bar - a horizontal rod that serves as a support for gymnasts as they perform exercises
exerciser, gymnastic apparatus - sports equipment used in gymnastic exercises
uneven bars, uneven parallel bars - a pair of parallel bars set at different heights; used in women's gymnastics
plural, plural form - the form of a word that is used to denote more than one
References in classic literature ?
He received no stars or bars, but he deserved them, for he cheerfully risked all he had, and life and love are very precious when both are in full bloom.
Strong, half-naked Indian paddlers were in charge of the canoes which were of sturdy construction and light draft, since the river, like most tropical streams, was of uncertain depths, choked here and there with sand bars or tropical growths.
Their home from the outside looked like a prison, with iron bars before the door and lower windows.
Then in the very bright spots she keeps still, and in the very shady spots she just takes hold of the bars and shakes them hard.
There was no water in the bared and burning bars of the river to reflect the vertical sun, but under its direct rays one or two tinned roofs and corrugated zinc cabins struck fire, a few canvas tents became dazzling to the eye, and the white wooded corral of the stage office and hotel insupportable.
Alone, except for a certain respectable and orderly young man, an artist in the daguerreotype line, who, for about three months back, had been a lodger in a remote gable,--quite a house by itself, indeed,--with locks, bolts, and oaken bars on all the intervening doors.
The fresh air that had come in through the open door made it easier to breathe, but the rushing sound overhead grew louder, and as I looked upward through the bars of my empty rack I saw a red light flickering on the wall.
There were twenty bars or so of it, and when they came to the end they began again.
The soft, earnest, quiet moonbeam looks in fixedly, marking the bars of the grated windows on the prostrate, sleeping forms.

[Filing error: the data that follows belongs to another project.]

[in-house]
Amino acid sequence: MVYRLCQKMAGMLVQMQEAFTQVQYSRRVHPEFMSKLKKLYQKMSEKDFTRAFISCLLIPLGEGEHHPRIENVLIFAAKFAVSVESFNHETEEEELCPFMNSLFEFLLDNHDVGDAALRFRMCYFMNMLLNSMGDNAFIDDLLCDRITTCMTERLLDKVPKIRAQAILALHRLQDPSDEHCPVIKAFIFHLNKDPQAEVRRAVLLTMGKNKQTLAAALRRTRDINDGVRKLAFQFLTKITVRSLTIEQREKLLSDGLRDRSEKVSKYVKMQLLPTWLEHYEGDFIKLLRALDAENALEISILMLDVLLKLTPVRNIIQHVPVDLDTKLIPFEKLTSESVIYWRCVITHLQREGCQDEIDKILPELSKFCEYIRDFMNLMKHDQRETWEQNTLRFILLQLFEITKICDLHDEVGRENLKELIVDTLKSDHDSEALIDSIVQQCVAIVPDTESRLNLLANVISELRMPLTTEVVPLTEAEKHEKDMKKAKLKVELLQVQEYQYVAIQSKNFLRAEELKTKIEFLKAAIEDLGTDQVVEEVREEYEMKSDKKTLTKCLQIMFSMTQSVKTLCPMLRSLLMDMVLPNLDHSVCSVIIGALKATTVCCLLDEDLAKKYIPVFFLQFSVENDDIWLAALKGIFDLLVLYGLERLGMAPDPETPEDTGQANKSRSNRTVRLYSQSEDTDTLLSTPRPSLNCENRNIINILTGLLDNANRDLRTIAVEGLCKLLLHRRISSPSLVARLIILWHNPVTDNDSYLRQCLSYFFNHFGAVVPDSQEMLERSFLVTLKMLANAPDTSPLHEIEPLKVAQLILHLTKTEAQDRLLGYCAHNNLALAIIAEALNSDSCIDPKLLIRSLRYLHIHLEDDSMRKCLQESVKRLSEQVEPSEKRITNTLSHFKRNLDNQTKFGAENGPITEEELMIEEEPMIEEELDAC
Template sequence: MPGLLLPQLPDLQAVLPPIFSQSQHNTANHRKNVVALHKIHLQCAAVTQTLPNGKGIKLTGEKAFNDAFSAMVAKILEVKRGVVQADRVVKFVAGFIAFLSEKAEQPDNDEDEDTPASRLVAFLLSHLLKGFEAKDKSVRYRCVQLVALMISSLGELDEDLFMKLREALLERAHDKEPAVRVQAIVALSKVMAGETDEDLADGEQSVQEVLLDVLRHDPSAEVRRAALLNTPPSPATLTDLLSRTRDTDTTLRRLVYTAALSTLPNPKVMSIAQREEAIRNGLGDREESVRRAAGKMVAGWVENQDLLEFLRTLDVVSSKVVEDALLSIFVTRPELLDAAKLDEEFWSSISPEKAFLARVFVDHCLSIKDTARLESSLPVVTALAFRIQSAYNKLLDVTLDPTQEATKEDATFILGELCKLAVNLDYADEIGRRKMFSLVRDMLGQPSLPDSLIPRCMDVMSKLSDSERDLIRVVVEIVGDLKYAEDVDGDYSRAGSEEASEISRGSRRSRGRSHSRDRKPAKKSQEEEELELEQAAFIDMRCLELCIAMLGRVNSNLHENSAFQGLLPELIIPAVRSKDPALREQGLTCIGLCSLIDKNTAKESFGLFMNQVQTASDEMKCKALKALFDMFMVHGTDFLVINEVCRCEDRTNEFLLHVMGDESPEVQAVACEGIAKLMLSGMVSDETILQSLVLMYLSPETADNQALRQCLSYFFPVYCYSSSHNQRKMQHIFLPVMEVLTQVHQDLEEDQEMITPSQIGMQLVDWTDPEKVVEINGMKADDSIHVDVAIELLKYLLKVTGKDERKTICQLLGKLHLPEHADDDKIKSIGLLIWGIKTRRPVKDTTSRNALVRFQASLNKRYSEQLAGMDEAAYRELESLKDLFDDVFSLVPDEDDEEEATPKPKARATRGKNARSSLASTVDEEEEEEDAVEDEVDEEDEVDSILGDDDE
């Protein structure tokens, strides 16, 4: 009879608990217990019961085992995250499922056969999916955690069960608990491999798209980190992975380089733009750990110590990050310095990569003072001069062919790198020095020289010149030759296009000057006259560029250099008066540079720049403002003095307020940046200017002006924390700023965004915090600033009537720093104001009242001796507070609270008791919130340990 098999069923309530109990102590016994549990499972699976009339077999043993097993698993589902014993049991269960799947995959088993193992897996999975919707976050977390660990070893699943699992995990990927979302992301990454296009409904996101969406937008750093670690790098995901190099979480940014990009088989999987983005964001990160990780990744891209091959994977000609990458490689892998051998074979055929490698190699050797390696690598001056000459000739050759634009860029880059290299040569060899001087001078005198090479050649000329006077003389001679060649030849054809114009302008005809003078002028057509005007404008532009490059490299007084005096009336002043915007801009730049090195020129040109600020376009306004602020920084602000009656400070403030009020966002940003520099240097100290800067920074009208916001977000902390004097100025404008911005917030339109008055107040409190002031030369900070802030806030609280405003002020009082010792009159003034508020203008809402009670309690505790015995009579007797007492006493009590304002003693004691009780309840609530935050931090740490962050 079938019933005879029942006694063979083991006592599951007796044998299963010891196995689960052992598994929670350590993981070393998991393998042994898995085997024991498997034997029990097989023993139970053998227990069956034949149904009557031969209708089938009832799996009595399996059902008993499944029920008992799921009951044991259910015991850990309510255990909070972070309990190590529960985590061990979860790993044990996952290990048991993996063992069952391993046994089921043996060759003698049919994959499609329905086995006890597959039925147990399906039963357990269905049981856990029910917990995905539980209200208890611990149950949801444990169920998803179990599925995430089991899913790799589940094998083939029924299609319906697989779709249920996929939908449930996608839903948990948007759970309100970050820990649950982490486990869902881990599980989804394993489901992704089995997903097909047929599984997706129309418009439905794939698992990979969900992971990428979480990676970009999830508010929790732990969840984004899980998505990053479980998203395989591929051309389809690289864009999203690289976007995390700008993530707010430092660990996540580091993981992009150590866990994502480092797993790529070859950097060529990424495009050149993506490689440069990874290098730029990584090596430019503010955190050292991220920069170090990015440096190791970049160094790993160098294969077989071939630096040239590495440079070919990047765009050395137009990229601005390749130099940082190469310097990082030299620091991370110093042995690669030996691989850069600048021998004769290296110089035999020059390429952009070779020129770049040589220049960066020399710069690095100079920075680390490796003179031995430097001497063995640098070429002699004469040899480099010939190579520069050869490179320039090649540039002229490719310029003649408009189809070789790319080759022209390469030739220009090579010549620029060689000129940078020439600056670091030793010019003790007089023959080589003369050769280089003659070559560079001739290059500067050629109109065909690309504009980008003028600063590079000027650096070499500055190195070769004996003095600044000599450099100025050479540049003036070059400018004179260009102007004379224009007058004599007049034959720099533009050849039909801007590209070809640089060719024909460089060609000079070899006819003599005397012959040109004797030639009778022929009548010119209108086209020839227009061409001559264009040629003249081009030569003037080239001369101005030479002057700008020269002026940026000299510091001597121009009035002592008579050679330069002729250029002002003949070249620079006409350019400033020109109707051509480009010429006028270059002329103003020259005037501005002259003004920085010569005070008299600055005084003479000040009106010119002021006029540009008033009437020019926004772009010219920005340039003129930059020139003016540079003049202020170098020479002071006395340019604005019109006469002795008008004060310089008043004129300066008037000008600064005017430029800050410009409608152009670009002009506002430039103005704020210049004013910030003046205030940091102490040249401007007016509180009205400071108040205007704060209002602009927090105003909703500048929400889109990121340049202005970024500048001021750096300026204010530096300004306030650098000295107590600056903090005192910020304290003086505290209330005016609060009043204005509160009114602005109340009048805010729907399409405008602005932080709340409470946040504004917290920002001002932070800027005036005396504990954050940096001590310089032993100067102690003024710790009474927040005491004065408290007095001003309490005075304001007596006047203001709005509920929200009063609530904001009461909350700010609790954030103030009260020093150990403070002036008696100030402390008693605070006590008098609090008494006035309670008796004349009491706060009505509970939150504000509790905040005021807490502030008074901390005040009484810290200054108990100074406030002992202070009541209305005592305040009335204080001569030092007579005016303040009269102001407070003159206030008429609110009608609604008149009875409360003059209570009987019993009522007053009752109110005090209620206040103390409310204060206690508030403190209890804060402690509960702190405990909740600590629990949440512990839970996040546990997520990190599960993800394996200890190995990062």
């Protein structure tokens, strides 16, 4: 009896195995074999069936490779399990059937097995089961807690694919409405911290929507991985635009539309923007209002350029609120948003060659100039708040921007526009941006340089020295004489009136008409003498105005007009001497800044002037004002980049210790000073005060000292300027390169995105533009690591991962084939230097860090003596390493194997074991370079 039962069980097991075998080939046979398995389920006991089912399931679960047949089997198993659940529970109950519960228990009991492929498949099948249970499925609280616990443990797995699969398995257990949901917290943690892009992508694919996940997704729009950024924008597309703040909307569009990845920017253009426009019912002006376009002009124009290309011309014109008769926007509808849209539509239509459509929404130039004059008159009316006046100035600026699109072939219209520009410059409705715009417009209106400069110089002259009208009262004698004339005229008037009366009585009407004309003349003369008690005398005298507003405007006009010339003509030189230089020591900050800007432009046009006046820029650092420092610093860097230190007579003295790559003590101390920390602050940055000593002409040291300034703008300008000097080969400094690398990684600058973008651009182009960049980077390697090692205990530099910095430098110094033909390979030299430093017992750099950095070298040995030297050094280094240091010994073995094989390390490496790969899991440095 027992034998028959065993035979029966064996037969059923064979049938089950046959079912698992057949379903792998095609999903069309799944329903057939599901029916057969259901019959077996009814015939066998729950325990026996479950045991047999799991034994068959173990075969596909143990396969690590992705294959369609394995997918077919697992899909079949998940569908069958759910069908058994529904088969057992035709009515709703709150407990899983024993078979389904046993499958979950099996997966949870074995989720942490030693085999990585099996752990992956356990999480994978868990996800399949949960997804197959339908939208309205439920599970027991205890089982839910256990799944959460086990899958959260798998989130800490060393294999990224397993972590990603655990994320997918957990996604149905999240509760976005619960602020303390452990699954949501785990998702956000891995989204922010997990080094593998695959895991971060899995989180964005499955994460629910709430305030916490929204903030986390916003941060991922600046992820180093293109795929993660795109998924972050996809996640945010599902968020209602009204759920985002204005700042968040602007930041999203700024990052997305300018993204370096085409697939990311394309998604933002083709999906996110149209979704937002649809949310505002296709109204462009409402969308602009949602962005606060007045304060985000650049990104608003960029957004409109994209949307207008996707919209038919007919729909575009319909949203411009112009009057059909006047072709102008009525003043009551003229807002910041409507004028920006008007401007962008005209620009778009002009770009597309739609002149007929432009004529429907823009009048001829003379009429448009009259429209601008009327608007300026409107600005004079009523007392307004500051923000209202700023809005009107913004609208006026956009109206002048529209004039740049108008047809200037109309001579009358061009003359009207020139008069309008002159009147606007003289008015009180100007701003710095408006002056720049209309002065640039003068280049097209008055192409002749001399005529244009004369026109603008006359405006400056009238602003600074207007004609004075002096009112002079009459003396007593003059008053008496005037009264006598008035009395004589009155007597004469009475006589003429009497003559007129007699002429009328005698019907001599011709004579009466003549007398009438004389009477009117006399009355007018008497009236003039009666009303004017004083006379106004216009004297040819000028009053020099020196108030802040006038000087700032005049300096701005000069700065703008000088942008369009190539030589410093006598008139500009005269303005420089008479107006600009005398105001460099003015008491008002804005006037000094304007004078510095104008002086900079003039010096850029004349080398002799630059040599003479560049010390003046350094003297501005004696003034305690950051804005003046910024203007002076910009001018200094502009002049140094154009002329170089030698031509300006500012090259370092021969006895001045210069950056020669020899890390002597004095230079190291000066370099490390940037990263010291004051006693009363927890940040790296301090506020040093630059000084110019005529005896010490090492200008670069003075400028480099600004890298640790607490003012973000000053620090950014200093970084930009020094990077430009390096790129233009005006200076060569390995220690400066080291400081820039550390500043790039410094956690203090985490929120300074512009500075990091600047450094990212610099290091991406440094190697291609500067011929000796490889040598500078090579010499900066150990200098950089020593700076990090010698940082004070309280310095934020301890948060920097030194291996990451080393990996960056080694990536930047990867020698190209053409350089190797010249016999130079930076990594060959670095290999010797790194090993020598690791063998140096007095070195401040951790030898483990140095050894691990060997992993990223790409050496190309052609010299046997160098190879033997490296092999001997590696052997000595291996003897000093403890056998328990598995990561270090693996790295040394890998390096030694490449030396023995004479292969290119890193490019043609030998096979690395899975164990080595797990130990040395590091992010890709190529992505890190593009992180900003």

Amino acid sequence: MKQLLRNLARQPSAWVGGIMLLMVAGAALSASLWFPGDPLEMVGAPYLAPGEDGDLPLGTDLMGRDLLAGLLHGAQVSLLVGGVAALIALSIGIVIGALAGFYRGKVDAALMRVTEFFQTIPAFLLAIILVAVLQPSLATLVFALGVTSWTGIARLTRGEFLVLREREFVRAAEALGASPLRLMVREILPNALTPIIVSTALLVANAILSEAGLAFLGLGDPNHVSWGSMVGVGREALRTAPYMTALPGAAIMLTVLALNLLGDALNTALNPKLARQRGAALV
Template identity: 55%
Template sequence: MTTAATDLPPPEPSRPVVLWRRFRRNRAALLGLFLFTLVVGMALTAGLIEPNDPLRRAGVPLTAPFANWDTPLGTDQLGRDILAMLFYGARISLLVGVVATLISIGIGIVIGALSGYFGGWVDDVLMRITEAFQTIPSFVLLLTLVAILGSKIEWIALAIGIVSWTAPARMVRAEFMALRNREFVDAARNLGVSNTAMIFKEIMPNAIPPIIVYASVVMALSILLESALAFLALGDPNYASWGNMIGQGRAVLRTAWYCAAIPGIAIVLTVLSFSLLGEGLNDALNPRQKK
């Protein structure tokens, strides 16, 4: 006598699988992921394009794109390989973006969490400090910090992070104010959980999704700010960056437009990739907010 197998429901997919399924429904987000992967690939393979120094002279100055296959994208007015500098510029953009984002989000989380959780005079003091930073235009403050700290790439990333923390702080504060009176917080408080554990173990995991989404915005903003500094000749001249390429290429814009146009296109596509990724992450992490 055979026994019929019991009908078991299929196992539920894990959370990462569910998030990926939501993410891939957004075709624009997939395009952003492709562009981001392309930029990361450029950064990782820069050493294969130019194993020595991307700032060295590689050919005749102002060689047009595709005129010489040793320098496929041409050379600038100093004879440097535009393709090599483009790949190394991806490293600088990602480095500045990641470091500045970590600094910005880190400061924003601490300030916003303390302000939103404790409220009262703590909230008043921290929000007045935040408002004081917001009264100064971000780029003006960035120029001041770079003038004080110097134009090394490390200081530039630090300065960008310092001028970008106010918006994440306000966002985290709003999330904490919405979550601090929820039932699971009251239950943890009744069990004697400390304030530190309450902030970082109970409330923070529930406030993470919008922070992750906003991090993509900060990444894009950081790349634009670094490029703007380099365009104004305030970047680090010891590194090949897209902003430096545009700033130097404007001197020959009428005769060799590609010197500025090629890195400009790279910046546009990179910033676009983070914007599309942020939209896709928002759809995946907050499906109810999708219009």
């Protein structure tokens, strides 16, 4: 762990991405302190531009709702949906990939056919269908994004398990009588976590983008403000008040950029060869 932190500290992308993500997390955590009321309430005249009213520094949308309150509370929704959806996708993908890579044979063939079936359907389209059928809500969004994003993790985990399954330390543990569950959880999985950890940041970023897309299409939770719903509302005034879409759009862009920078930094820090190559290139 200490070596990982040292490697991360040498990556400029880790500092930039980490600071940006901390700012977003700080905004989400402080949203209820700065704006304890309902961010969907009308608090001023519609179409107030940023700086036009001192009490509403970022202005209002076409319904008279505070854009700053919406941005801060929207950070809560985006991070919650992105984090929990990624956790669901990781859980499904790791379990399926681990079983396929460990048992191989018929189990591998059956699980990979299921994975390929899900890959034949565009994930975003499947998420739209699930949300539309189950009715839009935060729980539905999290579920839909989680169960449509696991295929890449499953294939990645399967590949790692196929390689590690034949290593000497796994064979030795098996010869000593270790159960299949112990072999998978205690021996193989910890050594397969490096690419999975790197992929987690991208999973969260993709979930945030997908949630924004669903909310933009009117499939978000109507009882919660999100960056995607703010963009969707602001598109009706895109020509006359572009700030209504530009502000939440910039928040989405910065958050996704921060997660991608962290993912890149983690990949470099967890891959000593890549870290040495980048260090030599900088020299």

And when it had got to the worst, and it seemed to me that I could not stand anything more, a fly got in through the bars and settled on my nose, and the bars were stuck and wouldn't work, and I couldn't get the visor up; and I could only shake my head, which was baking hot by this time, and the fly -- well, you know how a fly acts when he has got a certainty -- he only minded the shaking enough to change from nose to lip, and lip to ear, and buzz and buzz all around in there, and keep on lighting and biting, in a way that a person, already so distressed as I was, simply could not stand.
I can take down bars, I can distinguish oats from shoe-pegs, I can blaspheme a saddle-boil with the college-bred, and I know a few other things - not many; I have had no chance, I have always had to work; besides, I am of low birth and no family.
The moon was bright, and the light and shadow very strong; and nothing could be more picturesque than those curving streets, with their rows of huge high gables leaning far over toward each other in a friendly gossiping way, and the crowds below drifting through the alternating blots of gloom and mellow bars of moonlight.